List of Some Concerns About the CDC/DHMH Tick Study

1.  The CDC and DHMH do not have a good record of performing useful or timely studies, or following though with their own stated missions/goals and laws/regulations regarding Lyme and tick borne diseases.  Example- why did DHMH not enter 5,722 reported cases of Lyme disease into their data base in 2009 and even more since then (claiming in part not enough staff), but they have enough people to work on this project?  More information:

2.  Environmental concerns with bifenthrin pesticide use.  Most people contracting Lyme disease (approx. 200 per day in Maryland) are those who are interested in protecting the environment as much as possible.  They have sincere concerns about this pesticide affecting the Chesapeake Bay and killing the dwindling number of honey bees and other wildlife, and the long-term effects of this pesticide on humans and the earth in general.

3.  It will be several years until this study is concluded and published.  It is already known this pesticide will kill ticks.  Since it kills ticks, a reduced exposure risk is already a "given".  Concerns stem deep about wasted tax-dollars on this project. People need a cure for Lyme disease, and at the very least a Lyme diagnostic test that is accurate.  When people enrolled in ANY study are evaluated with Lyme tests known to be inaccurate, this will skew the study results- giving an inaccurate conclusion and false sense of security.  That is not helpful to residents and can be dangerous to their health.  

4.  An unknown number of people will have access to our resident's personal medical records.  Medical records and data have been used by government officials to investigate and bring charges against doctors treating Lyme disease patients past the 2-3 weeks recommended by the Infectious Diseases Society of America (IDSA) guidelines.  We have lost a number of good doctors for this reason in the past.  Most current Lyme patients do not want to risk losing their doctors or not having access to adequate treatment in the future by participating in the CDC/DOH studies.

5.  If you unknowingly get a placebo (water spray) rather than the actual chemical it can give the sense of false-protection, as was seen when people had the failed Lyme-Rix vaccine.  People tend to think they can not get bitten (due to spraying) and if they do, they will not get Lyme disease (vaccine perception).   

6.  Most people leave their yards and will travel into areas not sprayed with chemicals (parks, picnics, friends yards, etc), especially in the summer.  This can negatively affect study results.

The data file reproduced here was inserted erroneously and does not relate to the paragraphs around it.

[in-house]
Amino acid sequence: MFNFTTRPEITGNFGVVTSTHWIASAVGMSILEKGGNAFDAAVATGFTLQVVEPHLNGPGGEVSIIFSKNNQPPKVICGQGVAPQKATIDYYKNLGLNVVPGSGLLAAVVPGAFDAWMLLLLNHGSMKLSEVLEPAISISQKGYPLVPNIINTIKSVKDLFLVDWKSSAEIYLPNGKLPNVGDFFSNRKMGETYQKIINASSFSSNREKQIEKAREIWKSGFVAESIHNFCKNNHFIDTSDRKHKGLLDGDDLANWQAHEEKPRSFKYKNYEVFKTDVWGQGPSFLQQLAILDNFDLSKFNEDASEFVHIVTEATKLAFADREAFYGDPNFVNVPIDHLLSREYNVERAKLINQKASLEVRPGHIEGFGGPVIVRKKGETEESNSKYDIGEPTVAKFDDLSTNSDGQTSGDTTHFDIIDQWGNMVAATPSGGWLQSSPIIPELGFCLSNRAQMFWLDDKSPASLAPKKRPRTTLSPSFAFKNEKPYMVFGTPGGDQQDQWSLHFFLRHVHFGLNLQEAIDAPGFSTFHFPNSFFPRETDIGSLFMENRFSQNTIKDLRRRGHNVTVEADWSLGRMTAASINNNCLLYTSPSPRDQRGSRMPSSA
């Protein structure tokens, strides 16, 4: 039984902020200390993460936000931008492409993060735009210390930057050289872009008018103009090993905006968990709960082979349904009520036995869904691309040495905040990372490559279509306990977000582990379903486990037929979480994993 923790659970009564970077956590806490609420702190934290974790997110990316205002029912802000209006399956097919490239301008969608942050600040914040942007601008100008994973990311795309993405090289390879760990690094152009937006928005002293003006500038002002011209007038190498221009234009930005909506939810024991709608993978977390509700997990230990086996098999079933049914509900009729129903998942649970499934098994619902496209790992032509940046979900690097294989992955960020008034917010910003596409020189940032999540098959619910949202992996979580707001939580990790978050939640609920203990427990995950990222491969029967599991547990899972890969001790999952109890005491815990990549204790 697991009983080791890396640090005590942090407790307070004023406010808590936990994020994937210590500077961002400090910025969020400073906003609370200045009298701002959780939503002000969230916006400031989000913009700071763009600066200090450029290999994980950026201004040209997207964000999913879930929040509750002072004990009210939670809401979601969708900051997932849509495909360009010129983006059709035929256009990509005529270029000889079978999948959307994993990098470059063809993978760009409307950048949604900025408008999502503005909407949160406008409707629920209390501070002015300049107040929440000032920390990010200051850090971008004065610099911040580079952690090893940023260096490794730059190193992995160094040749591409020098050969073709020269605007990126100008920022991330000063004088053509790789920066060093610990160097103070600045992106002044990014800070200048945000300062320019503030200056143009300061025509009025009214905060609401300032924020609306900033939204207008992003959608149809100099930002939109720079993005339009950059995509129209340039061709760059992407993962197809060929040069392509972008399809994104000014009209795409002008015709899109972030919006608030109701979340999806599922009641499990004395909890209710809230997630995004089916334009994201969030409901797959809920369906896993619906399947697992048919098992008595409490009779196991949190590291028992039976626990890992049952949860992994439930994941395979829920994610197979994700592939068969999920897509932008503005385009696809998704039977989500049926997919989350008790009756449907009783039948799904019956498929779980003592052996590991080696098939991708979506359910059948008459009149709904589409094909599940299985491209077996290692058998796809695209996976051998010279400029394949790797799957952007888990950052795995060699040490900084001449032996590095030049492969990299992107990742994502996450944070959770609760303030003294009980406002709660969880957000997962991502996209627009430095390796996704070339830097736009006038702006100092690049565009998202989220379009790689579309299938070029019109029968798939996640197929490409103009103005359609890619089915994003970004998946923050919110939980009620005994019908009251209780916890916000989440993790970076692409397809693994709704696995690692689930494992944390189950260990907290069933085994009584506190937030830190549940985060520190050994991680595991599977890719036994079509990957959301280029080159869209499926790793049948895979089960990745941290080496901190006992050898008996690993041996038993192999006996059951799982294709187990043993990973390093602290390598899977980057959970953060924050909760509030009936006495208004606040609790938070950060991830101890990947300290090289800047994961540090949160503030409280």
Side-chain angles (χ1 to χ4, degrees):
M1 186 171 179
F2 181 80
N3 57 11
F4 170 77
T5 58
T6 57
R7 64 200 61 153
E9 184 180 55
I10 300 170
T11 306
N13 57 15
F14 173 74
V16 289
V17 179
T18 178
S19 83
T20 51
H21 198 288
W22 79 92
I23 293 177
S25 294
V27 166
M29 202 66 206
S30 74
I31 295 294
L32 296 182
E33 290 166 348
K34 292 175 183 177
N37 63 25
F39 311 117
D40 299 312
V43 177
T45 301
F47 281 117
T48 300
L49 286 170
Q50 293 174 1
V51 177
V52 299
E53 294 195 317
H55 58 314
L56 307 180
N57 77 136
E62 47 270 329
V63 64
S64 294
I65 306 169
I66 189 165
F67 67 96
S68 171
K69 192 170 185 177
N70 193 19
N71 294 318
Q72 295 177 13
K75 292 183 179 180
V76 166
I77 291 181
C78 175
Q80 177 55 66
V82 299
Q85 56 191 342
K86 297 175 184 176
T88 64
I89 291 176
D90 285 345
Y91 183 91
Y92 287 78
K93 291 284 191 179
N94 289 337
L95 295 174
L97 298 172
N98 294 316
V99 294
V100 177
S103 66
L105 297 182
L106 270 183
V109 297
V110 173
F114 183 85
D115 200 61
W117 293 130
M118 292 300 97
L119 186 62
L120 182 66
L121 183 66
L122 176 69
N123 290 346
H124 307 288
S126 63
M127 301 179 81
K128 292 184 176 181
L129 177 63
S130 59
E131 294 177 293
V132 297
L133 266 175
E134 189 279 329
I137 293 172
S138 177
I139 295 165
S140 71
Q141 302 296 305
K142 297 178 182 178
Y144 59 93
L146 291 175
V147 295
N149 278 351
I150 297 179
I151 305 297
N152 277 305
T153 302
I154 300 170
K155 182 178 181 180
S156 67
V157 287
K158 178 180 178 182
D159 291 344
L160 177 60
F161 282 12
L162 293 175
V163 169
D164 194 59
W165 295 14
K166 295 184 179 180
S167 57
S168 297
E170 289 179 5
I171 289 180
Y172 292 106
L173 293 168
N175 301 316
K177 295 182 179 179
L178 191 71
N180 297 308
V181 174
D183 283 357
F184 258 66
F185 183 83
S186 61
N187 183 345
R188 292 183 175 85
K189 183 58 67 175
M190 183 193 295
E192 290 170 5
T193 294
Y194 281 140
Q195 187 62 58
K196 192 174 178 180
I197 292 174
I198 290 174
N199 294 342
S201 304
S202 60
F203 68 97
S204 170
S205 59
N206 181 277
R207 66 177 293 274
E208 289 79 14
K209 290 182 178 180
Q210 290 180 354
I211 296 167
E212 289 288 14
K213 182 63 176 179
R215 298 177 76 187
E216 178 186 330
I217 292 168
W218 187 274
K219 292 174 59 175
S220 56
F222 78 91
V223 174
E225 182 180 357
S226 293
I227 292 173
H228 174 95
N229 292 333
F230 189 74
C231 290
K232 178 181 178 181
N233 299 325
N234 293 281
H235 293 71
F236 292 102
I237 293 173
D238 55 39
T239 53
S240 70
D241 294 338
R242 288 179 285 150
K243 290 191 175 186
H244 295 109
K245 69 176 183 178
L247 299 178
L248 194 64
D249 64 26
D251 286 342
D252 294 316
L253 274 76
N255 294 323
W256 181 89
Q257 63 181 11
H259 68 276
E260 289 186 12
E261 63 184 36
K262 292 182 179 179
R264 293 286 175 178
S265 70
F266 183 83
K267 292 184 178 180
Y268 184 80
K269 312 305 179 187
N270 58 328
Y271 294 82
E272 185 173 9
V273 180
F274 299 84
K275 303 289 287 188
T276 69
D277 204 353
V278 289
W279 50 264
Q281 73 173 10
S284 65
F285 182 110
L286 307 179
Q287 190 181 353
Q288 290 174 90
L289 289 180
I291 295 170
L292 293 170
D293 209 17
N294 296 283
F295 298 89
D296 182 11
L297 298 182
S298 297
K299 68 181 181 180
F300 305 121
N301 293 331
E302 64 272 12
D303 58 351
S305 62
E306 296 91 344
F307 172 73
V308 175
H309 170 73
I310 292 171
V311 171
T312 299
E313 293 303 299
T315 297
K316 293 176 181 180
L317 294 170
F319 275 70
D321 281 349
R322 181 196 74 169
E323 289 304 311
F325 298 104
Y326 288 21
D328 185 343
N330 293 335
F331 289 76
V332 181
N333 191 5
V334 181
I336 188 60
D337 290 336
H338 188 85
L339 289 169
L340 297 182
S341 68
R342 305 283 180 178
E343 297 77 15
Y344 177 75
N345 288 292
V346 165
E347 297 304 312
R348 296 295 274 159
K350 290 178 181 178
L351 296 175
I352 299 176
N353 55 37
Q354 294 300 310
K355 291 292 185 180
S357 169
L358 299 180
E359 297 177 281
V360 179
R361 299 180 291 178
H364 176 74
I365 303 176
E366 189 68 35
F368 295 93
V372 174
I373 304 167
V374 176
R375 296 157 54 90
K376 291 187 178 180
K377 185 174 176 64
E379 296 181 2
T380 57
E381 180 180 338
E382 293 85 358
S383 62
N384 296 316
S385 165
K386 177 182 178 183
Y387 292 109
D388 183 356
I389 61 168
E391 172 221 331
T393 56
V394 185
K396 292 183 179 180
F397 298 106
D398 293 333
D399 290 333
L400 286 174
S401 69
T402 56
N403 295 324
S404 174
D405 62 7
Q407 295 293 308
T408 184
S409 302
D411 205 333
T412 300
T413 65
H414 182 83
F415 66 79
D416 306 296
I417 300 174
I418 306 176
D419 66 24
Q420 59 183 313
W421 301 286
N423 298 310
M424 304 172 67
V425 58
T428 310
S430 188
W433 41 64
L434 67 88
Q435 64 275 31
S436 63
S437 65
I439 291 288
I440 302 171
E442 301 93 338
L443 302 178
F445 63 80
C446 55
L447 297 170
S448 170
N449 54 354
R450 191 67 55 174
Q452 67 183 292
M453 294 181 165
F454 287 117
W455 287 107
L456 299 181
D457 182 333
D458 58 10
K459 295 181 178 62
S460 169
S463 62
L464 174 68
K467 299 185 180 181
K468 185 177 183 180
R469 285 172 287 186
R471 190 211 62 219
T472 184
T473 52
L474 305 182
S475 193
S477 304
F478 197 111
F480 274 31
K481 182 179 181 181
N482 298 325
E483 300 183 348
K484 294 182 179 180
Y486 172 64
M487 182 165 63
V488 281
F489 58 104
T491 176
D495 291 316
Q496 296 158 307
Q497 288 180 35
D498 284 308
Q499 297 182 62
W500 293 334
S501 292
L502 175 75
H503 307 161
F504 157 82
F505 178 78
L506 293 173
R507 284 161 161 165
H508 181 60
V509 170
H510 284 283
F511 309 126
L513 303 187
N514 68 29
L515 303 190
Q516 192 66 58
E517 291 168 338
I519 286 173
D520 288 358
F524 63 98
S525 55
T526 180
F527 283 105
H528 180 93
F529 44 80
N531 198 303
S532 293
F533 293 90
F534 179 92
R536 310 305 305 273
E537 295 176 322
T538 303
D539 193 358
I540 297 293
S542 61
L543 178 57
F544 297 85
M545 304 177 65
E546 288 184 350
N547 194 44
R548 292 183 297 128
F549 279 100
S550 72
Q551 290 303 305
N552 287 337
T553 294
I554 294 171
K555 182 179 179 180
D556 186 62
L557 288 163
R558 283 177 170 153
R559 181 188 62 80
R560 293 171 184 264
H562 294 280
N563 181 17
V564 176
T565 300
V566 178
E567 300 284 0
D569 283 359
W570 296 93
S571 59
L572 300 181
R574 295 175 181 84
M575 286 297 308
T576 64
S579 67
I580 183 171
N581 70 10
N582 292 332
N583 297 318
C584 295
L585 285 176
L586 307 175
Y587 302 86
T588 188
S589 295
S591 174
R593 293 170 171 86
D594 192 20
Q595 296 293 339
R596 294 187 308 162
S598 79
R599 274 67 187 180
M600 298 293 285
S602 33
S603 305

7.  Ground water contamination- this chemical can leak into it posing a risk to humans and the planet. 

8.  The CDC and Maryland DHMH state they are NOT responsible for damages caused to those participating in this study.  "CDC and your State Health Department cannot offer referrals, treatment, or compensation if you are injured (or experience a temporary side effect from exposure to bifenthrin) from being in this study."

9.  Yale University is involved in this study.  Yale has doctors (like a few at Johns Hopkins) who do not believe there is such a thing as "chronic Lyme disease", and believe people don't die from Lyme disease, and that the tests for Lyme are accurate. They testify against sick Lyme patients and Lyme-treating doctors in court related proceedings and have made life miserable for countless thousands of people.  Yale’s involvement is not a positive endorsement for this or any study.

10.  The Connecticut side of this study (DOH officials and doctors) possibly has one of the worst records as far as making positive changes and progress in the effort to reduce the cases of Lyme disease and making positive changes for the better.  See #9.  

11.  The CT officials and some doctors have a well-known history of "undiagnosing" Lyme disease cases.  Some have gone so far as to undiagnosed people who have died from Lyme disease by using death certificates only (no medical records- autopsy, etc).  IF a case of Lyme is diagnosed in a human residing in the sprayed area by a local doctor, the results can be disregarded by the officials as has happened in the past.  This practice skews the study results.

12.  The Gibson Island study is a good example of why many Lyme patients do not want to participate in the tick study.  The conclusions were not only condescending, they were wrong.  Lyme disease IS a problem on Gibson Island.  Trying to convince people they are safe in an area infested with ticks, when they are not safe, is not acceptable and is an insult to their intelligence, as well as a waste of time and money.

“CONCLUSION: The residents of Gibson Island had an exaggerated perception of the risk of Lyme disease because they were intensely infested with an aggressively human-biting and irritating nonvector tick.”



Please see subpages linked below for more information.